Winston Churchill & The Green Party MSP


Posted by in April's Magazine

Protempore …

In recent days, there has been something of a heated debate in public about former Prime Minister Winston Churchill and whether he was (and remains) the greatest ever Briton or whether he was in fact, a racist with a pathological disregard for human life. I have my own views on the matter, which we’ll return to later, but for now, here is how it all started.

Ross Greer is 24 years old and a Green Party Member of the Scottish Parliament. He recently responded to a tweet marking the anniversary of Churchill’s death by tweeting that: ‘Churchill was a white supremacist mass murderer’. Cue thunderous outrage from those who believed that Churchill was single-handedly responsible for repelling the Nazi hordes in World War Two. Quite right too some of you might think, but that’s the problem with Twitter – it doesn’t allow for context to be included alongside the barbed remarks. In this case that wasn’t a problem because in the days that followed, Ross Greer was invited on to a plethora of media platforms to explain what many thought were outrageous remarks. 

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In doing so, he pointed out the following. Churchill referred to Indians as “a beastly people with a beastly religion”; he spoke of the inevitable triumph of “Aryan stock”; he was accused of complicity in the Bengal famine in which 3 million people starved to death; and he supported the use of poison gas against what he perceived to be “uncivilised tribes” in Afghanistan and Northern India. The British Cabinet at that time was opposed to the use of poisoned gas, much to Churchill’s irritation. In a cabinet memo, he wrote:

‘I am strongly in favour of using poisoned gas against uncivilised tribes’. 

He also criticised his Cabinet colleagues for their ‘squeamishness’, declaring that:

‘The objections of the India Office to the use of gas against natives are unreasonable. Gas is a more merciful weapon than the high explosive shell, and compels an enemy to accept a decision with less loss of life than any other agency of war’.

The end of his memo best sums up the dismissive imperialist that Churchill really was:

‘Why is it not fair for a British artilleryman to fire a shell which makes the said native sneeze?’ he asked. ‘It is really too silly’.

Would it have made a difference to the searing outrage which spewed forth from the likes of that revered historian Piers Morgan?

If Ross Greer had been able to include this context in his original tweet would it have made a blind bit of difference to the searing outrage which spewed forth from the likes of that revered historian Piers Morgan? No, it wouldn’t because Churchill has, in some quarters, been lionised by actual historians who have conveniently airbrushed the ugly and brutal side of the man completely out of the picture. If people want to elevate such characters to the giddy heights of national hero, they have to be able to accept that they cannot simply put to one side the fact that these people were flawed and in Churchill’s case, something of a cold-blooded reactionary when faced with people who didn’t share his imperialistic outlook.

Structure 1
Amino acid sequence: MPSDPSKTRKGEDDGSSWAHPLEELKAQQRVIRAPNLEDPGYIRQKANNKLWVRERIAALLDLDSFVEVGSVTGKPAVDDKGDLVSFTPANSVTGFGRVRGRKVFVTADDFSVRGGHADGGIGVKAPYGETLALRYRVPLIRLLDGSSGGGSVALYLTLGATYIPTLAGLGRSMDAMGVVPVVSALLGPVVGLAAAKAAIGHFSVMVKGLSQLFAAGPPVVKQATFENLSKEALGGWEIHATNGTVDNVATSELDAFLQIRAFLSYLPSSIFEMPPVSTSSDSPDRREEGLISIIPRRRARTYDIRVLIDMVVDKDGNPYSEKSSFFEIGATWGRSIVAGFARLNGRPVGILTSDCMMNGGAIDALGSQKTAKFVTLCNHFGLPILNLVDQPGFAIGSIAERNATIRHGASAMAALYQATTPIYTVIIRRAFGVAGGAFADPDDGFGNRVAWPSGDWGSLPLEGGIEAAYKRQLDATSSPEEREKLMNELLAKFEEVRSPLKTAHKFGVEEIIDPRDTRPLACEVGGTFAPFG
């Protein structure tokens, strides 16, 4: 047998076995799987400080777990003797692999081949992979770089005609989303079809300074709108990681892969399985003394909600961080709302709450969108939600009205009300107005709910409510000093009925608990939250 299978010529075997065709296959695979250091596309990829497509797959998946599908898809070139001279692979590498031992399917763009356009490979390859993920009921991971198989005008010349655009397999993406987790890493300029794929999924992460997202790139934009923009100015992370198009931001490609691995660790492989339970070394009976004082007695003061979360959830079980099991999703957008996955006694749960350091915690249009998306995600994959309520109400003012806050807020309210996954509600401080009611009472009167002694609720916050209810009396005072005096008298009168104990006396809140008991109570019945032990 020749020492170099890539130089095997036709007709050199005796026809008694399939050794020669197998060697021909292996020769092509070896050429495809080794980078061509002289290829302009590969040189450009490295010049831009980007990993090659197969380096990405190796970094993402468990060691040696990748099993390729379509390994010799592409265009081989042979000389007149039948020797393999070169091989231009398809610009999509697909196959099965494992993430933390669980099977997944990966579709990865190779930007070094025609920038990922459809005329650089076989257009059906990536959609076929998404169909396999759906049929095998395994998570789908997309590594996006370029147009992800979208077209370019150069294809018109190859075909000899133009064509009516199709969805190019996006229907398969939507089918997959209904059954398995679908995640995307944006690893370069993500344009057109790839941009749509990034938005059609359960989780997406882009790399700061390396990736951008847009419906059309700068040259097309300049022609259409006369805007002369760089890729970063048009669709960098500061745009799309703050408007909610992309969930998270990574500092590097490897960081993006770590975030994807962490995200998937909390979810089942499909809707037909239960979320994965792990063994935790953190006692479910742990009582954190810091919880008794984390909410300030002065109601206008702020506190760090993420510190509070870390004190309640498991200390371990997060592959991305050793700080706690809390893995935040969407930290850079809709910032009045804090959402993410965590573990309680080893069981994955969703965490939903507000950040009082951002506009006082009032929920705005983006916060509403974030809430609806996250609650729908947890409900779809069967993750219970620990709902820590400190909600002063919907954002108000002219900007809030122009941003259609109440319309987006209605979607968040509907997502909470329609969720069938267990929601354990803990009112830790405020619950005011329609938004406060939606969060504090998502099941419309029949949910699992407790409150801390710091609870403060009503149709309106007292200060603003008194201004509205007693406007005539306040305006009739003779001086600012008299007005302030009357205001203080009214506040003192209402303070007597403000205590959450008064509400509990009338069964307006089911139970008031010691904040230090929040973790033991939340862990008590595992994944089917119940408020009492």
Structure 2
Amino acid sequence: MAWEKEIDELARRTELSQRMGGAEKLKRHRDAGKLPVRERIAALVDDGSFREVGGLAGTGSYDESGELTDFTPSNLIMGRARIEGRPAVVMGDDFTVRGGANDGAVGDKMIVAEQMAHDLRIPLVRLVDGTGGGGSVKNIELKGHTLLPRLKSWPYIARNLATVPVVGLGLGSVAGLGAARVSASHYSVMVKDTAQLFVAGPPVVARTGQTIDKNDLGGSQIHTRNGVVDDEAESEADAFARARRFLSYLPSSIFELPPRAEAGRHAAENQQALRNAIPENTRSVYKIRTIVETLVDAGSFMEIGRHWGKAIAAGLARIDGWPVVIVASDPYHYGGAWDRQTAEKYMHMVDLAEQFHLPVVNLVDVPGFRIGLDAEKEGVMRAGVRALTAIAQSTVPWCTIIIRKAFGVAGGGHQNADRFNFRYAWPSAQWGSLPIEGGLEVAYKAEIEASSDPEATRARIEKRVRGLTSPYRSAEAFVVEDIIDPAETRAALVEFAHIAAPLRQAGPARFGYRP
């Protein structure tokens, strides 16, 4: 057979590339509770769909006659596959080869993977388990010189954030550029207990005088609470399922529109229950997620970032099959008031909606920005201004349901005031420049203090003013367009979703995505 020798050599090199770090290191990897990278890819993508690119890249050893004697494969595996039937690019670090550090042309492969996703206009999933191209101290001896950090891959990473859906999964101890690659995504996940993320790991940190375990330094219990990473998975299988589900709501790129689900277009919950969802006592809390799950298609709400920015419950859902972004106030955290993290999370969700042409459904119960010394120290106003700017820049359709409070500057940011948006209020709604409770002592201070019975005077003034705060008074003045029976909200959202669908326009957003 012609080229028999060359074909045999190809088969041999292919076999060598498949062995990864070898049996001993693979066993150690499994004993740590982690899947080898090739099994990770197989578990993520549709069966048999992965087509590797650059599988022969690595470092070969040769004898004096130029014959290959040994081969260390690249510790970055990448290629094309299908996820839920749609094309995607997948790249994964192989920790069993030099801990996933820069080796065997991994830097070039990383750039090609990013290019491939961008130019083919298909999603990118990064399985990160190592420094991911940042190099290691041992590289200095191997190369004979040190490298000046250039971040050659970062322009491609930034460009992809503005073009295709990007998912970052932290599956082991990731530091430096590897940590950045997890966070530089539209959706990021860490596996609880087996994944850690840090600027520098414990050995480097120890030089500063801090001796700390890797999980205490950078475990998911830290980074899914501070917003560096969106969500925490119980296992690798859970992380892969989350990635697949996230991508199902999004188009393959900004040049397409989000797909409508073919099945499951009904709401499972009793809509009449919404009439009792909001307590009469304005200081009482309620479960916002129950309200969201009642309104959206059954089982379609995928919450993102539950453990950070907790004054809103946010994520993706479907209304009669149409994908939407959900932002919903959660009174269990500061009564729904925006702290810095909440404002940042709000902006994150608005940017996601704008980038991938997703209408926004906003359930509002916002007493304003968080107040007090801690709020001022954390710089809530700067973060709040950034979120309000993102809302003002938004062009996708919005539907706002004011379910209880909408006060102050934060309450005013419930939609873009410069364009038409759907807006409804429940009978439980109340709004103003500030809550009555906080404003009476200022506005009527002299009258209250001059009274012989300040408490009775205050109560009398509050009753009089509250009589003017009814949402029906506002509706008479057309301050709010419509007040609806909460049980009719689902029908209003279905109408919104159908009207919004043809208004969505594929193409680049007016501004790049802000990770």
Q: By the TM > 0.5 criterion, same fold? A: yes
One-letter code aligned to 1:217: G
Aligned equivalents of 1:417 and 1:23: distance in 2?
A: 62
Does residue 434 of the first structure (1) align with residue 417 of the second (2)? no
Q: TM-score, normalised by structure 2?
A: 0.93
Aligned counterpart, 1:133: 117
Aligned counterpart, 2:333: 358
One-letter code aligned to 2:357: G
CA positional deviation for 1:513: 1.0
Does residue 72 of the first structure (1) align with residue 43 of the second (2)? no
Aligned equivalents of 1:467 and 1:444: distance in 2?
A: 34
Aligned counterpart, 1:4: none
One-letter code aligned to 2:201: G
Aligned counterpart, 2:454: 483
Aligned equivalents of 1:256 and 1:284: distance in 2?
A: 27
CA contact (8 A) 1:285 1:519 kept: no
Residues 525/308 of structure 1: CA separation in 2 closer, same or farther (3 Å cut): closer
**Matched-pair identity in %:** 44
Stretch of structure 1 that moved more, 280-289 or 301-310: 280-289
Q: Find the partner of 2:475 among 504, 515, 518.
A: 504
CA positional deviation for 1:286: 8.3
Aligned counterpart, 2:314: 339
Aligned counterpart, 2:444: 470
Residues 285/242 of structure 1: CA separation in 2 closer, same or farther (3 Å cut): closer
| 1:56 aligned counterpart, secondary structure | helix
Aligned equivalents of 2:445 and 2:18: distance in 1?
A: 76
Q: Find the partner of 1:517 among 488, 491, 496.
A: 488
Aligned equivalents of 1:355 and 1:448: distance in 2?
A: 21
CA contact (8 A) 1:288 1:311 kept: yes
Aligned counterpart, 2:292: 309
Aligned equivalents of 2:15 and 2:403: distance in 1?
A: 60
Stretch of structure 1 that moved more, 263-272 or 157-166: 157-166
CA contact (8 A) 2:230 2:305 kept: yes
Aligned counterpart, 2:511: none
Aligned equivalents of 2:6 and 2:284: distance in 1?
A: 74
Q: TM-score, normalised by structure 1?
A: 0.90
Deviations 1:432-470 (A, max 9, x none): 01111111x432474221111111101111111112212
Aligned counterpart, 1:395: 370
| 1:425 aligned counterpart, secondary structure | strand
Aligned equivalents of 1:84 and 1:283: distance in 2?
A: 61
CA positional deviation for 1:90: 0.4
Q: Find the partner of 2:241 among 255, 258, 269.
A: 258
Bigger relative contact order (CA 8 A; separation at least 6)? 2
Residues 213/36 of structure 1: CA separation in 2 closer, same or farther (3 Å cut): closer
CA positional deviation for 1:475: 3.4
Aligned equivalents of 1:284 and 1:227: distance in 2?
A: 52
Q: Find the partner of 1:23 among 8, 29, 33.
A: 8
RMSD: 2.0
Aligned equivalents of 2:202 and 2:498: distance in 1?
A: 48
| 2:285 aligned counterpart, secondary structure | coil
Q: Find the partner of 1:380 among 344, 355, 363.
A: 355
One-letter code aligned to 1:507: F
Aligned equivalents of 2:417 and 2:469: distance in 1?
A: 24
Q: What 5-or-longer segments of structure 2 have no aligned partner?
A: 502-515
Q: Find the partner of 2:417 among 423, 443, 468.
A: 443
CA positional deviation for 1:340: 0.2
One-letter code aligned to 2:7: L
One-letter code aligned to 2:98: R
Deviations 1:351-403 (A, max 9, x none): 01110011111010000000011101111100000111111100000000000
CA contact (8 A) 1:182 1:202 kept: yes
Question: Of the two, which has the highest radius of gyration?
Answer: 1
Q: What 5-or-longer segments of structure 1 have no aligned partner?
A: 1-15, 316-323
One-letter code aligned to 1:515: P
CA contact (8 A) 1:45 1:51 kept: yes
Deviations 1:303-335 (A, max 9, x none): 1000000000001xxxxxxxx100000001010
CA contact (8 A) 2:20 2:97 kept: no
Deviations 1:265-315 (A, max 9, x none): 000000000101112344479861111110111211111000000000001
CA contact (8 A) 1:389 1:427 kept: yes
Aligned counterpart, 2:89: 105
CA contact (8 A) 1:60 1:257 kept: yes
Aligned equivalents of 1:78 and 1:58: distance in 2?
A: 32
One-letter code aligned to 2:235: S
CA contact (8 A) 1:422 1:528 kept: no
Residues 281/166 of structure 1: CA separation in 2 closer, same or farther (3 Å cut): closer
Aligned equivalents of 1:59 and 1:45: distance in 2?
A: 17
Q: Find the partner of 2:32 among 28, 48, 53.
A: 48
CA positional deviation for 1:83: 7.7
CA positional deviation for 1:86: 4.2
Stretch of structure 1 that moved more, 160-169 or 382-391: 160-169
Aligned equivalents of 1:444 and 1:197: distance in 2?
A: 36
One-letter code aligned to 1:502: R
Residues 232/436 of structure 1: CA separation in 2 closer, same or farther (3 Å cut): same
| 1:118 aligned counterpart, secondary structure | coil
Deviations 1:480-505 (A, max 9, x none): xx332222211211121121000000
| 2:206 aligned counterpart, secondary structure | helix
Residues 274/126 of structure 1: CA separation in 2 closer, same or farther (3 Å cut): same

I said earlier that I have my own views on Churchill and as far as I’m concerned, I’m with Ross Greer on this one. Notwithstanding the outrages mentioned above, Churchill was also a callous and ruthless bastard closer to home.   

He was fervently opposed to trade unions and when the Home Secretary, sent in troops to deal with strikes in Tonypandy in Wales and Liverpool the army killed two workers. He also sent tanks and 10,000 troops to Glasgow during widespread strikes about the mistreatment of workers. 

In 1920, when British Secretary of War, he sent the murderous Black and Tans into Ireland as a last roll of the dice to quell the rise of Irish republicanism following the uprising of 1916. Churchill knew that the Black and Tans were a disorganised and psychopathic unit of temporary soldiers who counted amongst their numbers ex-prisoners and fervent unionists whose orders consisted of inflicting unrelenting violence on republican sympathisers and to shoot to kill. Churchill gave the order to send them in despite the fact that Sinn Fein had won 73 per cent of the vote in the 32-county election in 1918. It was also Churchill who came up with the idea of forming the Auxiliaries who carried out the Croke Park massacre by firing into the crowd at a Gaelic football match, killing 14 people. 

This didn’t fulfill Churchill’s desire to repress people who he described as “odd” for their refusal “to be English”, as he went on to advocate the use of air power in Ireland against Sinn Fein members in 1920. He suggested to his war advisers that planes should be dispatched with orders to use “machine-gun fire or bombs” to “scatter and stampede them”.

Churchill once said that history would be kind to him as he intended to write it. I don’t remember him writing any of this. ν

Protempore

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